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Big increase in treatment for vitamin D deficiency in an Australian hospital – Sept 2015

Impact of an expanded ward pharmacy technician role on screening and treatment for vitamin D deficiency in an aged care unit: Letter to the Editor

Journal of Pharmacy Practice and Research. Volume 45, Issue 3, pages 376–377, September 2015. DOI: 10.1002/jppr.1122
Dhineli M.P. Perera BPharm(Hons), BComm, MPharmPrac1 and Rohan A. Elliott BPharm, BPharmSc(Hons), MClinPharm, PhD, CGP, FSHP1,2

  • Dhineli M.P. Perera, BPharm(Hons), BComm, MPharmPrac: Department of Pharmacy, Austin Health, Heidelberg, Australia dhineli.perera at austin.org.au
  • Rohan A. Elliott, BPharm, BPharmSc(Hons), MClinPharm, PhD, CGP, FSHP, Department of Pharmacy, Austin Health, Heidelberg, Australia, Centre for Medicine Use and Safety, Faculty of Pharmacy and Pharmaceutical Sciences, Monash University, Parkville, Australia
VitaminDWiki Summary

Pharmacist was too busy with paperwork
Hospital added pharmacy technicians
One of the pharmacy technicians jobs was to deal with vitamin D deficiency (<30 ng)
Percentage of patients not tested & treated dropped from 44% down to 8%

  • Great progress, now if they could learn that more vitamin D is needed for those with dark skins, elderly, obese, etc.
  • Also, it would be nice if they could learn about use of loading doses to restore vitamin D levels in days rather than months.

See also VitaminDWiki


It is well established that ward pharmacy technicians (WPTs) can assist pharmacists with some clinical pharmacy services, thereby improving patient access to these services.[1, 2] However, there has been little exploration of whether WPT support improves appropriateness of patient care.

Vitamin D deficiency is common in older people and has been associated with increased risk of falls and fractures.[3] It is recommended that at-risk older people be screened for vitamin D deficiency, and that deficiencies are treated with oral vitamin D3 (cholecalciferol).[3] It is routine for older people admitted to our aged care unit to have their vitamin D levels checked and supplementation commenced if necessary. However, sometimes screening and/or treating vitamin D deficiency is overlooked. The ward pharmacist assists by reviewing patients’ measured vitamin D (25(OH)D) levels, requesting levels if they have not been done and advising on cholecalciferol therapy as part of routine clinical review.

We conducted a retrospective audit to explore whether an expanded WPT role, which included assisting the pharmacist with accessing laboratory data on admission, impacted on the frequency of vitamin D screening and the proportion of vitamin D-deficient patients discharged on an appropriate dose of cholecalciferol.

Prior to the study, in 2010, there was one full-time ward pharmacist providing care for 56 subacute aged care patients, with 0.4 full-time equivalent WPT support – largely confined to assisting with medication supply. A prospective observational study at the time showed that the pharmacist spent 42% of her time undertaking non-clinical tasks and was unable to consistently deliver services such as clinical review.[2] In 2011, the WPT position was increased to 1.0 full-time equivalent, and the WPT was trained to assist with selected clinical pharmacy activities in addition to supporting medication supply.[2]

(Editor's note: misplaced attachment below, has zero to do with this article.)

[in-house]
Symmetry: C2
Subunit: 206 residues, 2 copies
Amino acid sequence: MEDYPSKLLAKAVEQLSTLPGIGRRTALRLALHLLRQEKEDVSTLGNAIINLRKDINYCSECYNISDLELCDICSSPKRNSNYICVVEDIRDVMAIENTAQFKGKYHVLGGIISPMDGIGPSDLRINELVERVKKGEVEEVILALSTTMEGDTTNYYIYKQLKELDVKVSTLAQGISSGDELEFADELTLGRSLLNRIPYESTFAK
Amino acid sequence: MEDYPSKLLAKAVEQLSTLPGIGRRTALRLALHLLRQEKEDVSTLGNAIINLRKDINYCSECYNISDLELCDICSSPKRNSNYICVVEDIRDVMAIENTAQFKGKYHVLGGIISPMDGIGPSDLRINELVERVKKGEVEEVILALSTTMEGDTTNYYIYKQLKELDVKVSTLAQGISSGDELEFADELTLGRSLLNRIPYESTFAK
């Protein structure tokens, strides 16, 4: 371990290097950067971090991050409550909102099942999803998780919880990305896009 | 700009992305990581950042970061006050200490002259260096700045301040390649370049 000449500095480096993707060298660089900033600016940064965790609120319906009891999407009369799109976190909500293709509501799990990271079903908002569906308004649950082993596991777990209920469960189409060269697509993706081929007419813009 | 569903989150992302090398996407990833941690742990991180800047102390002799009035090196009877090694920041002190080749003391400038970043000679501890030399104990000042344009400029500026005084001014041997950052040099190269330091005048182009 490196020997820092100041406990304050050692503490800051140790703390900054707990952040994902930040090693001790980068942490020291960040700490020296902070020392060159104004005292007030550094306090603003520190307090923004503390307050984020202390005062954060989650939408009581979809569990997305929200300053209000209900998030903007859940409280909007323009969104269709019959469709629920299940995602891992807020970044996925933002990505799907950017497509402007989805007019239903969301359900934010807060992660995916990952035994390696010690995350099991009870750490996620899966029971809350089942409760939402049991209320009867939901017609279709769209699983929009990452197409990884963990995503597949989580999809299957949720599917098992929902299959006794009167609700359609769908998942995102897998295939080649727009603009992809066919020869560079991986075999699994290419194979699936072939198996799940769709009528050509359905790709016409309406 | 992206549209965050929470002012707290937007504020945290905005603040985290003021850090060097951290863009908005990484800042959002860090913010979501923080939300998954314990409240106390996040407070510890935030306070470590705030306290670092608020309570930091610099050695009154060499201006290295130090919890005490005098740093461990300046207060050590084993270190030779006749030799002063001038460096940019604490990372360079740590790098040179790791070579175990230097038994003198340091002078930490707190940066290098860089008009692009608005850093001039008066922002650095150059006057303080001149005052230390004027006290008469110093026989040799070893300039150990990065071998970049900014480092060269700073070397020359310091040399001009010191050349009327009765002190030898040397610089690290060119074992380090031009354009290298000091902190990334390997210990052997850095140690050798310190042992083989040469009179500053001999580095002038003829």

One of the WPT roles was documenting vitamin D levels (and date taken) on a subacute Medication Management Plan, along with a range of other data relevant to drug therapy (e.g. serum creatinine levels), for review by the pharmacist within the first 2–3 working days of transfer to the subacute ward.[2]

The audit included 50 consecutive patients prior to and 50 consecutive patients after the introduction of the expanded WPT role. The target 25(OH)D level in our aged care unit was ≥75 nmol/L and this level was used to define vitamin D adequacy in this study.[4] Appropriate cholecalciferol dosing was defined as 1 microgram for every 1 nmol/L deficiency[4] (rounded up to the nearest 25 micrograms due to dose-forms available). The pharmacist and WPT were unaware of the audit.

The proportion of patients screened and, if deficient, appropriately treated with cholecalciferol increased from 33/50 (66%) to 46/50 (92%) (p = 0.003) following the introduction of the expanded WPT role. The improvement was a result of an increase in both the proportion of patients who were screened (from 88 to 98%) and the proportion of deficient patients who received an adequate dose of cholecalciferol on discharge (from 69 to 89%).

These results indicate that increased WPT support, including assistance with screening key laboratory data for pharmacist review, can improve patient care.

REFERENCES

  • 1 Turner SJ, Lam SS, Leung B, Toh C. Establishing the role of a clinical pharmacy assistant. J Pharm Pract Res 2005; 35: 119–21.
  • 2 Elliott RA, Perera D, Mouchaileh N, Antoni R, Woodward M, Tran T, Garrett K. Impact of an expanded ward pharmacy technician role on service-delivery and workforce outcomes in a subacute aged care service. J Pharm Pract Res 2014; 44: 95–104.
  • 3 Nowson CA, McGrath JJ, Ebeling PR, Haikerwal A, Daly RM, Sanders KM, et al. Vitamin D and health in adults in Australia and New Zealand: a position statement. MJA 2012; 196: 686–7.
  • 4 Dawson-Hughes B, Mithal A, Bonjour JP, Boonen S, Burckhardt P, Fuleihan GE, et al. IOF position statement: vitamin D recommendations for older adults. Osteoporosis Int 2010; 21: 1151–4.


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